It has been suggested that commanders became complacent without any serious incidents during the 66 searches in three weeks before the Cornwall's final search.Hat tip to NOSI.
But with the American capture of five Iranians allegedly helping the insurgency in Iraq a few weeks earlier, the Navy operating in the Gulf should have been "significantly more wary" of Iran, a Navy source said.
Officers have also complained that they were never passed intelligence on what the possible Iranian navy plans were.
"This was either because it was deemed that we did not have enough security clearance or that they simply did not have the any intelligence in the first place," a Navy source said.
There was criticism, too, that the Cornwall's boats were sent close to the Iranian border without enough firepower or support. American boarding parties usually have four patrol boats with at least two standing off to provide covering fire.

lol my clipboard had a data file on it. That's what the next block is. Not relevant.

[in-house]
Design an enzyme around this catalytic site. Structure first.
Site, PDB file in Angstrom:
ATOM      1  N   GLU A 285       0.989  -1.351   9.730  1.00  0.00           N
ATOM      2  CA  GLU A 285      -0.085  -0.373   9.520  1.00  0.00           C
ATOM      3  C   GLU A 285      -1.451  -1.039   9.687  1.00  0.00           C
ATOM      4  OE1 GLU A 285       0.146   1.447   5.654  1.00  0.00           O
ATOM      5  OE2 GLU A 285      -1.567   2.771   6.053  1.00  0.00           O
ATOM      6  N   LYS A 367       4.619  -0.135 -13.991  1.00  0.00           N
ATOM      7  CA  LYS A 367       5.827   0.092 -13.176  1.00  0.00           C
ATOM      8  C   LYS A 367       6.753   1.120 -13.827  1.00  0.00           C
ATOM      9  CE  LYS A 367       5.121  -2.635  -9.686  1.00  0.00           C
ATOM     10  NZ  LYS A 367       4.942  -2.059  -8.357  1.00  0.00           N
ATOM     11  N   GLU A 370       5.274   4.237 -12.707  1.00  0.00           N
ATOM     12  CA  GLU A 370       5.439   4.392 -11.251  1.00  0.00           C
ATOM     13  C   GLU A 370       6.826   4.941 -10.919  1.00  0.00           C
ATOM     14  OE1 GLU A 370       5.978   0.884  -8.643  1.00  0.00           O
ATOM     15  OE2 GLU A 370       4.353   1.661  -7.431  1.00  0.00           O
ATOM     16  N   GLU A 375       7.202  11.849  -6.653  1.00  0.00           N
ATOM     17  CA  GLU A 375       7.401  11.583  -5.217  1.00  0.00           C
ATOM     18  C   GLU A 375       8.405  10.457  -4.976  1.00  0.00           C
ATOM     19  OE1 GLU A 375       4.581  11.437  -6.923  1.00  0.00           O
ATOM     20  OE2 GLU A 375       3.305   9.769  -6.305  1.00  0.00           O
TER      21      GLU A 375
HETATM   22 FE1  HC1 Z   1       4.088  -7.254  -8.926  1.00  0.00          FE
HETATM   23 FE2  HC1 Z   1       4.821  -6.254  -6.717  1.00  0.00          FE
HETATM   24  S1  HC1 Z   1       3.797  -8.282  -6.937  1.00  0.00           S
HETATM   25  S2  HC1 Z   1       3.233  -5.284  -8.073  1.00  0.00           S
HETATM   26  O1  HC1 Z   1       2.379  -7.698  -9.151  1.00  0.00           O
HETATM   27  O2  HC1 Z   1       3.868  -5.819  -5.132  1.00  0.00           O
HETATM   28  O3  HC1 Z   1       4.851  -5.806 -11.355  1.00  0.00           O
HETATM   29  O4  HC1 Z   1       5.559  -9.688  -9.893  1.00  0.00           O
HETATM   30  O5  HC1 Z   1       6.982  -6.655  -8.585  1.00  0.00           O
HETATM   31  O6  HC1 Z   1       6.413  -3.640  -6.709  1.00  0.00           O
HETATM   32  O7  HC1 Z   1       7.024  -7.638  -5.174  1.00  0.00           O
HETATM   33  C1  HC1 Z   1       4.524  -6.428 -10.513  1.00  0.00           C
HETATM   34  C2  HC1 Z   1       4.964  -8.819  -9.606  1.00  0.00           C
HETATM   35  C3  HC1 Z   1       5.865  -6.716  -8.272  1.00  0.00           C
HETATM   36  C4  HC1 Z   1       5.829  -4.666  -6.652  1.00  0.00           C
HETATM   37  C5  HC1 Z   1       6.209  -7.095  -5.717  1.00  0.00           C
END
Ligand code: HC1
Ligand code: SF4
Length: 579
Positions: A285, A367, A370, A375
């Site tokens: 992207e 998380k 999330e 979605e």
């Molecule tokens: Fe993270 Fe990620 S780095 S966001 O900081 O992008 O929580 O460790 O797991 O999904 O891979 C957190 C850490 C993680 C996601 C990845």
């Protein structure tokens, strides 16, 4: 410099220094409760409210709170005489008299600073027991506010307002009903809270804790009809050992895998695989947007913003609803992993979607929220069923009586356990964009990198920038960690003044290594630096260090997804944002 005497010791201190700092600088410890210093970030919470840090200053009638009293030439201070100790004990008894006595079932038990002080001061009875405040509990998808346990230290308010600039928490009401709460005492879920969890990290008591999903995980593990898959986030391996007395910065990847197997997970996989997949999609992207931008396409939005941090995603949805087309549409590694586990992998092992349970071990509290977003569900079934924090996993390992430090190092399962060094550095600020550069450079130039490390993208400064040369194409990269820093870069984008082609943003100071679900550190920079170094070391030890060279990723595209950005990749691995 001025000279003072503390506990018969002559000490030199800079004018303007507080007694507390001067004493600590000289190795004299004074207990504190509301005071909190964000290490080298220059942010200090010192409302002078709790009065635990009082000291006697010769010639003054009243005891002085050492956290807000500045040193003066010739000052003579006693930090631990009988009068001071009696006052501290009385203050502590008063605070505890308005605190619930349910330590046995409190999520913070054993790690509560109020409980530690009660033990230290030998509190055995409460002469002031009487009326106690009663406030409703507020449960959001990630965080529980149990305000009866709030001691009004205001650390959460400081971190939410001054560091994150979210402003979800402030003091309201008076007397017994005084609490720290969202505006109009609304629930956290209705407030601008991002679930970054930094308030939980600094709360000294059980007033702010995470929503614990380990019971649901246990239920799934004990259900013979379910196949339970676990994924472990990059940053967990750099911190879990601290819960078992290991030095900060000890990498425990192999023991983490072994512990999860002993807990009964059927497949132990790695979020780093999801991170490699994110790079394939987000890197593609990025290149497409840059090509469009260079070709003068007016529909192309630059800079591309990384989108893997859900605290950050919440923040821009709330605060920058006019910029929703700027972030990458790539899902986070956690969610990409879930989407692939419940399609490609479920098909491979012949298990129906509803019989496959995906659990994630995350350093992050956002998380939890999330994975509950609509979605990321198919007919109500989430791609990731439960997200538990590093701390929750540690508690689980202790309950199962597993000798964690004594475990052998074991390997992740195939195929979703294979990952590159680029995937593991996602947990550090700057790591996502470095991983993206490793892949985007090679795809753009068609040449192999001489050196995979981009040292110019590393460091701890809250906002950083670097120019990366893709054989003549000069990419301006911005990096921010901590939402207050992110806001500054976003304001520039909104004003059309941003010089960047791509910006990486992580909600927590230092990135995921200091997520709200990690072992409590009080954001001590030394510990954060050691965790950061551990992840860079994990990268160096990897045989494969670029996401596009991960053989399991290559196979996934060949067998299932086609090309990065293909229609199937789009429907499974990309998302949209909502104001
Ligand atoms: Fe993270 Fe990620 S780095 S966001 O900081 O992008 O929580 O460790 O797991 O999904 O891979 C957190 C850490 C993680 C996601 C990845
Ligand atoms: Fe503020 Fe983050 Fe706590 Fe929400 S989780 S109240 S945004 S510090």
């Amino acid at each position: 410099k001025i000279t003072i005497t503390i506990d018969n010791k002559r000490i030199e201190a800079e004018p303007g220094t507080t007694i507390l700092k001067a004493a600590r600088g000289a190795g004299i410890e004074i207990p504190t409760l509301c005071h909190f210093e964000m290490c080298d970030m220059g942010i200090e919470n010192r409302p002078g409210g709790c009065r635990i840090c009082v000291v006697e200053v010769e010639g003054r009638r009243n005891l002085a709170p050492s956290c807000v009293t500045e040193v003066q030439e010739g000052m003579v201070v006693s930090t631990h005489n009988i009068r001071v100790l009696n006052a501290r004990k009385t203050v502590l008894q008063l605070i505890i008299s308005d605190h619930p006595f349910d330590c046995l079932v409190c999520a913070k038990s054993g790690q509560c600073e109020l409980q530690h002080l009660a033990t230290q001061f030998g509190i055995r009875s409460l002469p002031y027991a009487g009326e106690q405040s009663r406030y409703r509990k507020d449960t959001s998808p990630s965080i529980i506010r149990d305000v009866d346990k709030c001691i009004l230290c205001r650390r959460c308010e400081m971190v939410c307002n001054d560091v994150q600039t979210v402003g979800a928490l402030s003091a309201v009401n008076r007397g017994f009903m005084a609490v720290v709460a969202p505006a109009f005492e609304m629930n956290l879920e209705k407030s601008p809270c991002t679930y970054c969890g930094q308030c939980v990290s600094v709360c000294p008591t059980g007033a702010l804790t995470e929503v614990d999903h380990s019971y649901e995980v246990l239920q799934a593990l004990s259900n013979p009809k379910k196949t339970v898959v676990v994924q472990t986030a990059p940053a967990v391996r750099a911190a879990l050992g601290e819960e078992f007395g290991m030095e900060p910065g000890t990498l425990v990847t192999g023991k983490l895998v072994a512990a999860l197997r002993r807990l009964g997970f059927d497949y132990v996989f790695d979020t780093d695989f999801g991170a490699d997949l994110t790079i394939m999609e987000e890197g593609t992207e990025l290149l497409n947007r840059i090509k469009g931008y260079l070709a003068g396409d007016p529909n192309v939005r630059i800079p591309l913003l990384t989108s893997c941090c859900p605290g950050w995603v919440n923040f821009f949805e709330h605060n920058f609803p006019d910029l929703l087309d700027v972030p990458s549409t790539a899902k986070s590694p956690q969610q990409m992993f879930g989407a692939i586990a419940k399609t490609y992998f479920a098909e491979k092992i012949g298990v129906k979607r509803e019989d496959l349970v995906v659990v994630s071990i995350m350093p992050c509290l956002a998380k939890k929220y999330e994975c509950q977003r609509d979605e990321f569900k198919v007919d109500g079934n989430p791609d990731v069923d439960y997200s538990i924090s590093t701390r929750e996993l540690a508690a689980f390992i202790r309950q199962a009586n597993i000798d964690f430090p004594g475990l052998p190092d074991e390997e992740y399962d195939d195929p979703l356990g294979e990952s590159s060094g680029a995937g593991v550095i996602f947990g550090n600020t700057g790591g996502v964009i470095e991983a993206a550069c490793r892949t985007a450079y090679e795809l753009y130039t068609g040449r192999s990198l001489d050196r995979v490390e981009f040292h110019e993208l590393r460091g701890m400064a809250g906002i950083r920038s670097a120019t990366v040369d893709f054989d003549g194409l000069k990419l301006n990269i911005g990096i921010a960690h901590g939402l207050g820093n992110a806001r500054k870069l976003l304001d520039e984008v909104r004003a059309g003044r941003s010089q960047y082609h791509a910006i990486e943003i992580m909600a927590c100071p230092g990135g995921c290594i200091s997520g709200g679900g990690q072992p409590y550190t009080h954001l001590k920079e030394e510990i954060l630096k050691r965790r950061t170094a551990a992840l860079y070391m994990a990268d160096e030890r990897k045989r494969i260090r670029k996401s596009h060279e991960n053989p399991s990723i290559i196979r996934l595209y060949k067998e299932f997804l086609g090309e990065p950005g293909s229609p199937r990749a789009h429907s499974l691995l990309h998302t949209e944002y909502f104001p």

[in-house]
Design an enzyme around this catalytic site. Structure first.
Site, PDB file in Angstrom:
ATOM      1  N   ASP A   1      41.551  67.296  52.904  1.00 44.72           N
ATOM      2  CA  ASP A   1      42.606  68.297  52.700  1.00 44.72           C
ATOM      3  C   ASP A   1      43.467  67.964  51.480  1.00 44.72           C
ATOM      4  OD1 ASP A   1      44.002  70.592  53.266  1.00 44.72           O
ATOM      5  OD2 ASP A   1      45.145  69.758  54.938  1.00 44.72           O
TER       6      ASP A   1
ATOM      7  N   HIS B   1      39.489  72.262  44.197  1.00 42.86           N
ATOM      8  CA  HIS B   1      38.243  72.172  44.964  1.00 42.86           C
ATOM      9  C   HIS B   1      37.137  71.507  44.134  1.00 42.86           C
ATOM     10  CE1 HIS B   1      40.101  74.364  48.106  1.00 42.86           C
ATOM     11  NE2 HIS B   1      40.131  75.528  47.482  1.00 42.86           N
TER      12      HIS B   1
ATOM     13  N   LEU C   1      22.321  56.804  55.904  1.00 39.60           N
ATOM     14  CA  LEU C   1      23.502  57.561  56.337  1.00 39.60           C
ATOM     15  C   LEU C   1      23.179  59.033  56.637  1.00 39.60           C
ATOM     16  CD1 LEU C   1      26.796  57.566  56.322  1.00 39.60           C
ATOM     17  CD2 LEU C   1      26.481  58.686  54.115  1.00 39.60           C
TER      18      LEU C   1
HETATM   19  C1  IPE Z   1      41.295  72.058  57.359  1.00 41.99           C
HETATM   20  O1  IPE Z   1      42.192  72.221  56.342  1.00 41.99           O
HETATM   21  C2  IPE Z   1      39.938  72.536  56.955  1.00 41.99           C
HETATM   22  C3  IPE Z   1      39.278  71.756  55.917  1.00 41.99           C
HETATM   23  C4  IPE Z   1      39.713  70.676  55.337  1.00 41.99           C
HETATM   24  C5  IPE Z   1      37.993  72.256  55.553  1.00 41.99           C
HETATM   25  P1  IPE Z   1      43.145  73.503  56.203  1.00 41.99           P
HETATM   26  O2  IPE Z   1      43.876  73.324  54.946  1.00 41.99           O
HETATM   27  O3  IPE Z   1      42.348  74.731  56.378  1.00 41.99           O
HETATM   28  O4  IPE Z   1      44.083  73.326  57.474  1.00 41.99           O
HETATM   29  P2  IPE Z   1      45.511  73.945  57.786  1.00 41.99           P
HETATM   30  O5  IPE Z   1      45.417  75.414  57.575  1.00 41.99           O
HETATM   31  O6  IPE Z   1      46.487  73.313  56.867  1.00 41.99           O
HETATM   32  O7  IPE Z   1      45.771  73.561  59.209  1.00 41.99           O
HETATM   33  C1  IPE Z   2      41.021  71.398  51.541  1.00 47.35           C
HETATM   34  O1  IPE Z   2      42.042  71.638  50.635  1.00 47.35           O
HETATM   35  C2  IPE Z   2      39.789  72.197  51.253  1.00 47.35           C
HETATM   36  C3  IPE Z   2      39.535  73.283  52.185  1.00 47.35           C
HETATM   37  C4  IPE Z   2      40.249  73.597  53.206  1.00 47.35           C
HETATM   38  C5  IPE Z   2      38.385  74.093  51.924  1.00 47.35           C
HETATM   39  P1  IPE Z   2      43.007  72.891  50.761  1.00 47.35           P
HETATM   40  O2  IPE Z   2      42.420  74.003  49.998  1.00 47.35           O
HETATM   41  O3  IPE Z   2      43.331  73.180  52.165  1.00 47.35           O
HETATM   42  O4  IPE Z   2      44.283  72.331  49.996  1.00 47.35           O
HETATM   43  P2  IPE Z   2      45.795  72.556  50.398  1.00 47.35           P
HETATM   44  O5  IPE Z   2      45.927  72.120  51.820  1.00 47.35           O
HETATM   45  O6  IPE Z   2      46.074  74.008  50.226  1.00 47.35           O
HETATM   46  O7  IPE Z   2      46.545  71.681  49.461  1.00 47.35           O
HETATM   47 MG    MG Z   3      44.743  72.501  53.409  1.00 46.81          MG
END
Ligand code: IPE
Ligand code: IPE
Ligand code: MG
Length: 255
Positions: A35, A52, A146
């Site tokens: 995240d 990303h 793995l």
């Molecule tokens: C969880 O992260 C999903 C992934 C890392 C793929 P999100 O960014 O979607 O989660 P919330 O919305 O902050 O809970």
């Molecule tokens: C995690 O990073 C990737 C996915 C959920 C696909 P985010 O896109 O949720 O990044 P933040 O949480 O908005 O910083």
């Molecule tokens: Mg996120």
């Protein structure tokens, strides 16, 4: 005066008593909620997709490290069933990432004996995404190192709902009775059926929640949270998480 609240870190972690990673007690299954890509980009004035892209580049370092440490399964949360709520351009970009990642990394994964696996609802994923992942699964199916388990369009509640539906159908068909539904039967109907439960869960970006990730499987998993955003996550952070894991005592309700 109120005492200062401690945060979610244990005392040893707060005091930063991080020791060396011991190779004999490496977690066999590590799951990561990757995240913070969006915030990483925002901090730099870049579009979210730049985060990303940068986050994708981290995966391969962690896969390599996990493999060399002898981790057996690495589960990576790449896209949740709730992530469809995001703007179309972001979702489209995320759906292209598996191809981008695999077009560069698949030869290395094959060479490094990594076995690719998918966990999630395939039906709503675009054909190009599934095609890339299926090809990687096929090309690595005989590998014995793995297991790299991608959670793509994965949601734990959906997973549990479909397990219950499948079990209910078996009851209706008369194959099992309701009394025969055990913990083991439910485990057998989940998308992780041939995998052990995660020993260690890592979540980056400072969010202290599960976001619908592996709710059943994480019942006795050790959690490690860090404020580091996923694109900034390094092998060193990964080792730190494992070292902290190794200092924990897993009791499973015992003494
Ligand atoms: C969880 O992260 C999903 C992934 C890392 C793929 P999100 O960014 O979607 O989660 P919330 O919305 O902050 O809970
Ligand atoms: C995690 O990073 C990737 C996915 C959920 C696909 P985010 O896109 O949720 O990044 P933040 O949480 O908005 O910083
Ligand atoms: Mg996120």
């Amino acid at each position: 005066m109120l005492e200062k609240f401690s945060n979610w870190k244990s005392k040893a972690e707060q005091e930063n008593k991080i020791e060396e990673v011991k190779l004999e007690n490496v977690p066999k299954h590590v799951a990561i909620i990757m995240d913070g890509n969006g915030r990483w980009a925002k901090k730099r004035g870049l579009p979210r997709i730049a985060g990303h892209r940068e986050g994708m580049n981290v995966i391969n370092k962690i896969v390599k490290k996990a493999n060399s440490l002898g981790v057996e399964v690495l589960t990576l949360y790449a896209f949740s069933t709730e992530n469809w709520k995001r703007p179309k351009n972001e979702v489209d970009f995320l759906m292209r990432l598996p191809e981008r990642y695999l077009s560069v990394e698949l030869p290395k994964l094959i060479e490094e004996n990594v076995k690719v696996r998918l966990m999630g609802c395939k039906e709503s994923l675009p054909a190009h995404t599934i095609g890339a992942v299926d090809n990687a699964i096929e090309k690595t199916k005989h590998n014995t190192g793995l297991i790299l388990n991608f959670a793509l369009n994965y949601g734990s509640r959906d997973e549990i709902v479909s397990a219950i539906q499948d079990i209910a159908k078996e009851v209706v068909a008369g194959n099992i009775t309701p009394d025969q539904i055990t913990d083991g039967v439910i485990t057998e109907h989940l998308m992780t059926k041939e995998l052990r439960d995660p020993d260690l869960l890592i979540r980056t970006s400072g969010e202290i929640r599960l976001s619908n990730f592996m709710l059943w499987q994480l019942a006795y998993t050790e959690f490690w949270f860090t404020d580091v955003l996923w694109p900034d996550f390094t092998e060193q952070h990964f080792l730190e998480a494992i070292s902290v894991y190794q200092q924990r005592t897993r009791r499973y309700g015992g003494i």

UPDATE: More here:
Ayers said many questions must be answered in the expected public inquiries into the fiasco. The most important, he said, is why the lightly armed sailors were allowed to operate in disputed waters near the border between Iran and Iraq without protective sea or air cover.
He questioned why a British helicopter that was hovering over the sailors when they began an inspection of a ship suspected of car smuggling left before the operation ended, leaving the 14 men and one woman vulnerable to attack.
In addition, he said, the HMS Cornwall, the mother ship for the patrol boat, could not get close enough to the area to keep the sailors in sight because the water was too shallow, but the commanding officer had other rapid patrol boats he could have deployed to the scene to make the operation more secure.
Finally, Ayers suggested that Britain's rules of engagement may have been too weak. "If the rules of engagement you're operating under allow you to be captured without a fight, maybe they need to be changed."